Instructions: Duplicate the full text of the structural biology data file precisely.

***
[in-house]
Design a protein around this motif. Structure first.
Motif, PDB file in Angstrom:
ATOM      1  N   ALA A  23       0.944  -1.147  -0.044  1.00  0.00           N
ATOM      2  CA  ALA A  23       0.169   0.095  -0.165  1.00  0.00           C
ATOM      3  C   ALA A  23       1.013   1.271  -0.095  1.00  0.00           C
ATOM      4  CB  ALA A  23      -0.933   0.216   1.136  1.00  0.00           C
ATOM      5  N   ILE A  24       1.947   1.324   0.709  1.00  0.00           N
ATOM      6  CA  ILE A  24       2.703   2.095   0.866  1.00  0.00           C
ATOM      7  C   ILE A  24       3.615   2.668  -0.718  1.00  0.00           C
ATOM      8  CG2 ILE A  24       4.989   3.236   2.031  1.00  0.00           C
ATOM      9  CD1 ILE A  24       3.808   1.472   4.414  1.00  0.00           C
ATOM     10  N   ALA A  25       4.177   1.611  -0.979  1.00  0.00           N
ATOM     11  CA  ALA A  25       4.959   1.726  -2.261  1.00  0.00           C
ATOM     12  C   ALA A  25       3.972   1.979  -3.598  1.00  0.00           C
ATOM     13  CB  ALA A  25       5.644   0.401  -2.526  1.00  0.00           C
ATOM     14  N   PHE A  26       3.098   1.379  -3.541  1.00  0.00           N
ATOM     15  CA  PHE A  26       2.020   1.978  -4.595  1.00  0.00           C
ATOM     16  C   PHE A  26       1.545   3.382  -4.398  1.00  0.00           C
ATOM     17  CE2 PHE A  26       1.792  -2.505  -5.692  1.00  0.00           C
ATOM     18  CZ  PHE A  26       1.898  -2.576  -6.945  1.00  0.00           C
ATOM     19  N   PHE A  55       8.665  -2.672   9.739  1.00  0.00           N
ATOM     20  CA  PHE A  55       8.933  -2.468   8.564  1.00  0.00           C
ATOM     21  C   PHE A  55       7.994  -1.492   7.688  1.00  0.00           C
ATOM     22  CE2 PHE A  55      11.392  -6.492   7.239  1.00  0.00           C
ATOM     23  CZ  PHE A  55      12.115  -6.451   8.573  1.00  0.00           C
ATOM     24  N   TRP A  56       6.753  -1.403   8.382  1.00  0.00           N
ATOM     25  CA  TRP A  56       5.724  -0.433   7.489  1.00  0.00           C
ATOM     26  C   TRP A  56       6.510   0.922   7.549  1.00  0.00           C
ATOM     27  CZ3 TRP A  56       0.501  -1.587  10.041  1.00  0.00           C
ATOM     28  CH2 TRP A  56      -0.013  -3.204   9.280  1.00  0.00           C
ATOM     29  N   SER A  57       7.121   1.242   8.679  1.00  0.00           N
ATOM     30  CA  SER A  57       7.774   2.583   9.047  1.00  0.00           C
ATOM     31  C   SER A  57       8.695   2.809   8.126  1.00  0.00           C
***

[in-house]
Design a protein around this motif. Structure first.
Motif, PDB file in Angstrom:
ATOM      1  N   ALA A  23       0.944  -1.147  -0.044  1.00  0.00           N
ATOM      2  CA  ALA A  23       0.169   0.095  -0.165  1.00  0.00           C
ATOM      3  C   ALA A  23       1.013   1.271  -0.095  1.00  0.00           C
ATOM      4  CB  ALA A  23      -0.933   0.216   1.136  1.00  0.00           C
ATOM      5  N   ILE A  24       1.947   1.324   0.709  1.00  0.00           N
ATOM      6  CA  ILE A  24       2.703   2.095   0.866  1.00  0.00           C
ATOM      7  C   ILE A  24       3.615   2.668  -0.718  1.00  0.00           C
ATOM      8  CG2 ILE A  24       4.989   3.236   2.031  1.00  0.00           C
ATOM      9  CD1 ILE A  24       3.808   1.472   4.414  1.00  0.00           C
ATOM     10  N   ALA A  25       4.177   1.611  -0.979  1.00  0.00           N
ATOM     11  CA  ALA A  25       4.959   1.726  -2.261  1.00  0.00           C
ATOM     12  C   ALA A  25       3.972   1.979  -3.598  1.00  0.00           C
ATOM     13  CB  ALA A  25       5.644   0.401  -2.526  1.00  0.00           C
ATOM     14  N   PHE A  26       3.098   1.379  -3.541  1.00  0.00           N
ATOM     15  CA  PHE A  26       2.020   1.978  -4.595  1.00  0.00           C
ATOM     16  C   PHE A  26       1.545   3.382  -4.398  1.00  0.00           C
ATOM     17  CE2 PHE A  26       1.792  -2.505  -5.692  1.00  0.00           C
ATOM     18  CZ  PHE A  26       1.898  -2.576  -6.945  1.00  0.00           C
ATOM     19  N   PHE A  55       8.665  -2.672   9.739  1.00  0.00           N
ATOM     20  CA  PHE A  55       8.933  -2.468   8.564  1.00  0.00           C
ATOM     21  C   PHE A  55       7.994  -1.492   7.688  1.00  0.00           C
ATOM     22  CE2 PHE A  55      11.392  -6.492   7.239  1.00  0.00           C
ATOM     23  CZ  PHE A  55      12.115  -6.451   8.573  1.00  0.00           C
ATOM     24  N   TRP A  56       6.753  -1.403   8.382  1.00  0.00           N
ATOM     25  CA  TRP A  56       5.724  -0.433   7.489  1.00  0.00           C
ATOM     26  C   TRP A  56       6.510   0.922   7.549  1.00  0.00           C
ATOM     27  CZ3 TRP A  56       0.501  -1.587  10.041  1.00  0.00           C
ATOM     28  CH2 TRP A  56      -0.013  -3.204   9.280  1.00  0.00           C
ATOM     29  N   SER A  57       7.121   1.242   8.679  1.00  0.00           N
ATOM     30  CA  SER A  57       7.774   2.583   9.047  1.00  0.00           C
ATOM     31  C   SER A  57       8.695   2.809   8.126  1.00  0.00           C